On the other hand, try to create very experimental percussions, just go for the weirdest and save your Sounds when they are ok. This path is important to discover what the machine can do, that you hadn’t thought of before. Think FM with LFO, percussion out of filter alone, use of noise, resample…

Another axis is to make samples better by using synthesis: try to melt both to get the best out of it.

At last, biggest problem can come from having too many sounds at once: when a beat is too crowded, you usually can’t identify easily what doesn’t work. Check this thread to get some ideas about this:


I deeply miss the dual VCO. It was so fun getting a baseline going then build up the drums. Messing with sample start also creates interesting results.

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Exactly what I’ve been doing lately. Either adding some boom to kicks or white noise to snares/hats, DVCO with more melodic/chord samples, etc. It’s such a flexible machine! :yellow_heart:


Pretty sure we were discussing this on IDMF. I had a similar issue with both the Digitone and Machinedrum, and I basically just tried working with presets for a while until I could make the sounds I wanted myself.

I’d take some time to download a few different soundbanks and presets and play around with the ones you like, make patterns out of that for a while until you can reverse engineer the sounds that work for you.

Personally I think that’s the only way around it. Otherwise you’re just going to get in your own head about what you’re not liking or not doing, so skip that part, get to a point where you do like what you’re doing (even if it’s someone else’s sounds), and take it from there.

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The rytm to me excels and being able to add variety and interest in drum patterns, which is the elektron sequencer u can find in all the machines. Scenes and perf controls are what really add to the rytm to me. They are simple to set up and a lot of fun to jam and noodle with.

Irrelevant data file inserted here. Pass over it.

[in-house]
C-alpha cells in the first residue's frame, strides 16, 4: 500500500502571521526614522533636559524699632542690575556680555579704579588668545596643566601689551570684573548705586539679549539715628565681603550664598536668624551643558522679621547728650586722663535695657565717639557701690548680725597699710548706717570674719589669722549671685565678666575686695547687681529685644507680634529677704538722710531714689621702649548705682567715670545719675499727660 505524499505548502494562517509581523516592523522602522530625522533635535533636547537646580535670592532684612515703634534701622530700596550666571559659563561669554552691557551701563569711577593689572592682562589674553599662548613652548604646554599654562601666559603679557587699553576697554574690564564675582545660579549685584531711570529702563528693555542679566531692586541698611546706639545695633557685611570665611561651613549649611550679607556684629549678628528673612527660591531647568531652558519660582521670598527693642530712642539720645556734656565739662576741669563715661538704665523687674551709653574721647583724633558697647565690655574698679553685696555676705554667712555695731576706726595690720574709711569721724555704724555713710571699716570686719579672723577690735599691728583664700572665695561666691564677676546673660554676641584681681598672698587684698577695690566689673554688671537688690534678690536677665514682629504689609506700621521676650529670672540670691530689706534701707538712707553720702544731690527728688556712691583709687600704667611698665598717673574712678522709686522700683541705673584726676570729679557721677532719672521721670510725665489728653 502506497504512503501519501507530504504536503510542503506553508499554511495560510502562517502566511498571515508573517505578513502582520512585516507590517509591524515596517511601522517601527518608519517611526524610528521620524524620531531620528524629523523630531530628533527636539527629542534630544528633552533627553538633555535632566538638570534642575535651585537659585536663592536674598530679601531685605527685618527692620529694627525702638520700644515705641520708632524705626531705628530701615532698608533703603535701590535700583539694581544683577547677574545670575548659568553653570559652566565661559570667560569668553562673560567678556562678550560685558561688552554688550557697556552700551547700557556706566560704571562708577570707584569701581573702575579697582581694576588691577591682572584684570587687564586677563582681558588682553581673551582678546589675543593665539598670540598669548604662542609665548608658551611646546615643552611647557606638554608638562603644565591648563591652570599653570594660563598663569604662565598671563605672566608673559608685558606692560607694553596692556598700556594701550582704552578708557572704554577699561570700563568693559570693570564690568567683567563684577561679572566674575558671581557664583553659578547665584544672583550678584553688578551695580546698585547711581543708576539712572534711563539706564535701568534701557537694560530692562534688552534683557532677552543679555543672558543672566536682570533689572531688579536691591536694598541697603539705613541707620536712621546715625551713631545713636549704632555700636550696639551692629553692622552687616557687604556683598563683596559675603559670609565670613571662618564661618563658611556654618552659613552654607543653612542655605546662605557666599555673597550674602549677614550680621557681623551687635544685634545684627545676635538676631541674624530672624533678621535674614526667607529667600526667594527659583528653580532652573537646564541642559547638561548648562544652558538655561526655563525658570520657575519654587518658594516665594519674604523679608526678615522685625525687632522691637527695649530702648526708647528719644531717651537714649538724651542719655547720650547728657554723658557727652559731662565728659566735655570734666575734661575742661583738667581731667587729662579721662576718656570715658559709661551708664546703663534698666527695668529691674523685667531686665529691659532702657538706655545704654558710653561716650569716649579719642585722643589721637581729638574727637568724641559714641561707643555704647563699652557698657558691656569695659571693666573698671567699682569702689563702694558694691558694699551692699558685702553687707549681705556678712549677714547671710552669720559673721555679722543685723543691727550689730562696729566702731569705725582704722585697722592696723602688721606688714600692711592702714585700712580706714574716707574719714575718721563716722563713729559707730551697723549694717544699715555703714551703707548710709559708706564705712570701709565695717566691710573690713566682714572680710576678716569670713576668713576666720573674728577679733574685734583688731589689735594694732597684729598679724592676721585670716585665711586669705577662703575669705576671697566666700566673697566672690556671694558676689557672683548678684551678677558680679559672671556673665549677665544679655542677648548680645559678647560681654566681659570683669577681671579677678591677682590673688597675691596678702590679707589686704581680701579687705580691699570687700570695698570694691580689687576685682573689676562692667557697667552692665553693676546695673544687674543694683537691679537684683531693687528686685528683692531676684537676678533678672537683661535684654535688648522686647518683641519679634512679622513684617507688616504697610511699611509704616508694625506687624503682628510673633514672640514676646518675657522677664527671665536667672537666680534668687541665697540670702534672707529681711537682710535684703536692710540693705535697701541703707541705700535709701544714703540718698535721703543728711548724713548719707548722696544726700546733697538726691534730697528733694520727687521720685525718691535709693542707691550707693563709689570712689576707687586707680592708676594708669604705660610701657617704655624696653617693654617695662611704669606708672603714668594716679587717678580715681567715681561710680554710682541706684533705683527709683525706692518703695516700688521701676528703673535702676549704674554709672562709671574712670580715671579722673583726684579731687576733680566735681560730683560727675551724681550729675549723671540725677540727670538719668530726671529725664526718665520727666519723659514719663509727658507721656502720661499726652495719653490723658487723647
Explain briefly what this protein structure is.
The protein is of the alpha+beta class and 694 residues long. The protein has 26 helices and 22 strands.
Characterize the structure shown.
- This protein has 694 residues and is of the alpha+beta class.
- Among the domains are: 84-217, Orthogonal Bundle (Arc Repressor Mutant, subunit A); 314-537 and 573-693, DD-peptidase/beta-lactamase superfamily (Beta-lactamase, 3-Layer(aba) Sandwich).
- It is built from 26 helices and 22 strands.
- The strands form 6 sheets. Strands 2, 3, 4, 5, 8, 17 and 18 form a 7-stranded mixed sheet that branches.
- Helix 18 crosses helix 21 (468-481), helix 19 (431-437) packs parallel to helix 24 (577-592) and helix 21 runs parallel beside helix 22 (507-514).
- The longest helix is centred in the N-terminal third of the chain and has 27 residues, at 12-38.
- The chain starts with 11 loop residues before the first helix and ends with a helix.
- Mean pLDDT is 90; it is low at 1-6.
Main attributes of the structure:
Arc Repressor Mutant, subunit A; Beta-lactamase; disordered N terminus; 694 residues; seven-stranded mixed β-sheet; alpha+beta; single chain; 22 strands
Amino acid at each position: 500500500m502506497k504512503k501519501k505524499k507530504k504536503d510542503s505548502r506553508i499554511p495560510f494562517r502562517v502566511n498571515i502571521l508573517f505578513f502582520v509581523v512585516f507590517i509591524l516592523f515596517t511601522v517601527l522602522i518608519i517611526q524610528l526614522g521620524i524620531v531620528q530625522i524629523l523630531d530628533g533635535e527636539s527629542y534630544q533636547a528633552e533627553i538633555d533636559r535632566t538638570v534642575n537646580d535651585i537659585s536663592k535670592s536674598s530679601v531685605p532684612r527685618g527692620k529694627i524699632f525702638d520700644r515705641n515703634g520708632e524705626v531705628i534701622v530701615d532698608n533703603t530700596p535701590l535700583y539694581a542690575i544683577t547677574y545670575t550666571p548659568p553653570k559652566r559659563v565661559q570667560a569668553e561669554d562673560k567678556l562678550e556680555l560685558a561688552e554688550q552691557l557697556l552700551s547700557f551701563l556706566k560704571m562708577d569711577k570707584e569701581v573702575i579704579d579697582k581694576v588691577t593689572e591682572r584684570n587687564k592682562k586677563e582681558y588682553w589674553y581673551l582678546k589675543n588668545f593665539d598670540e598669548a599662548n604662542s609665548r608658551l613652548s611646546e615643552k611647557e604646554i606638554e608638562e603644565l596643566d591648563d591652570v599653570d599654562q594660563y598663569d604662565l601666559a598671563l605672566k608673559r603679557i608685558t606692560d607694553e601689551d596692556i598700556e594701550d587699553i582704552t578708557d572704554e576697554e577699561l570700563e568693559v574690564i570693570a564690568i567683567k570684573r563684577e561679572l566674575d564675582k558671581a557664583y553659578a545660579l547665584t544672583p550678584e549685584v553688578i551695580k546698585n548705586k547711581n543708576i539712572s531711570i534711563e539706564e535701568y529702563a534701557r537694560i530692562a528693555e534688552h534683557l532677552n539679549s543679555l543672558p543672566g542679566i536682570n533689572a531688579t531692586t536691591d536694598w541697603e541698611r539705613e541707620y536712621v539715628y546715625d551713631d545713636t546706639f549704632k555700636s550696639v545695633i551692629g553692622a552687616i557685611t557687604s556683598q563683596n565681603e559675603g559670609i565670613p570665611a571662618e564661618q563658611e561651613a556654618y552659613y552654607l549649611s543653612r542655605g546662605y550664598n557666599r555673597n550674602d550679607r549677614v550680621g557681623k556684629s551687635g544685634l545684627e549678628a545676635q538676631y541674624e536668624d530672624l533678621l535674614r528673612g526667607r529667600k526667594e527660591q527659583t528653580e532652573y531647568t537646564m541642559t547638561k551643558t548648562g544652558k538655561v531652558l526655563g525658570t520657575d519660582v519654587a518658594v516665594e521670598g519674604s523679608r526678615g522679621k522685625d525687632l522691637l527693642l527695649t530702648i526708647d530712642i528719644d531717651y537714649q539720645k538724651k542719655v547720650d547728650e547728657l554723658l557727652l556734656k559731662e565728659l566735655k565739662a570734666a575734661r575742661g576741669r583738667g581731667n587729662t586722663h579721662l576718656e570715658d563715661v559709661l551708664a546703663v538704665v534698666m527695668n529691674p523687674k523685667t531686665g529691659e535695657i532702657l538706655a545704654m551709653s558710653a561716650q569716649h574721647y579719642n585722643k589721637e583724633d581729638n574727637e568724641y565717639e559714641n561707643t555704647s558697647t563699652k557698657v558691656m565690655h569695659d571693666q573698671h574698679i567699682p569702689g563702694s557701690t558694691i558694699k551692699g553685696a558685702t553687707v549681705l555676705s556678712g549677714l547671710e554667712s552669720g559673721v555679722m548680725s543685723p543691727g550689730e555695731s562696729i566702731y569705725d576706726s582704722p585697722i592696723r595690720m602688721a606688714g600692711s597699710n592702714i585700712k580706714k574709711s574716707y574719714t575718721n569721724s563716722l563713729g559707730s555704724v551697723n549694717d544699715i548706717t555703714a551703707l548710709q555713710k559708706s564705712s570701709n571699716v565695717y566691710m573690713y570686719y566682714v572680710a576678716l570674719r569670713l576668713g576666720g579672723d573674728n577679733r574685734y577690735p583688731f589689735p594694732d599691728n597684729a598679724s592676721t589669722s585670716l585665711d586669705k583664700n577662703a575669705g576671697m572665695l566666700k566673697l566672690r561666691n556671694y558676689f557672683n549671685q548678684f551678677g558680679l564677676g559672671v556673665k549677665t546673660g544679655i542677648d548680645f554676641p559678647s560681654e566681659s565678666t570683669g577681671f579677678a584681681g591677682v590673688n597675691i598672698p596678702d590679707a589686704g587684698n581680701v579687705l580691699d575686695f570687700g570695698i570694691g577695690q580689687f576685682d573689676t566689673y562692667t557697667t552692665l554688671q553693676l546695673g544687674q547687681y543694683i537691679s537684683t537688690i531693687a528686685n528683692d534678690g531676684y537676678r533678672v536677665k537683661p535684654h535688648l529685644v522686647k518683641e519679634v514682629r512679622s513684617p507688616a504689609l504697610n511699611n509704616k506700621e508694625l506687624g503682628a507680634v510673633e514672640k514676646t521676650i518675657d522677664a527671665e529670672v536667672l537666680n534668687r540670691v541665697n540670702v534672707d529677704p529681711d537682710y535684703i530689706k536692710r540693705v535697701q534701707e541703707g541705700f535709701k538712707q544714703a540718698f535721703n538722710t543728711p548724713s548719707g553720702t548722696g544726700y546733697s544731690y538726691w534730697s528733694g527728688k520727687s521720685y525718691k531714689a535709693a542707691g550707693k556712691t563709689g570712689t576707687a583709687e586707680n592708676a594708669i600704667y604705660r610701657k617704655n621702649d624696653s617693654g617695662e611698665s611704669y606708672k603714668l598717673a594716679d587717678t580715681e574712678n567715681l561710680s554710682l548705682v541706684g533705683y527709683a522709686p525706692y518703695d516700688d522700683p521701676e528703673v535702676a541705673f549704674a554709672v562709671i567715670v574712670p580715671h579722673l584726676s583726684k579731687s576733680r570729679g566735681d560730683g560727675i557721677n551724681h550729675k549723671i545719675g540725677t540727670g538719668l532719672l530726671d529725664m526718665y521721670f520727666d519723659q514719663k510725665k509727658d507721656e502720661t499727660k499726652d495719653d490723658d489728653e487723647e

Just flit through the factory kits till you find one you like the sound of. In some ways you have to let go of the sounds you think you want and work with the sounds you get, its not an 808 or 909. Of course if they are not clicking then maybe its not for you, but it offers a lot of control and performative aspects, which you can get pretty deep into or stay pretty light with.

I’d also add, particularly with kicks or lower frequency stuff, turn up osc level on the synth machine to max. It can make a really big difference, especially combined with the drive.

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it goes BOOM and BAP. PLus a little chicka chicka. Whats not to love?


The master compressor on this machine is really part of the sound and brings it (almost) up to machinedrum smack. That took me a while to work out. Seems the basic gain staging is set to include overdrive and compressor.

In saying that, I use mainly for sounds the MD doesn’t excel at rather than a centre piece.


Try harder, get to know it better… or just get a drum machine where you like the sound from the get go (there are quite a few people who don’t like the analogue engines that much)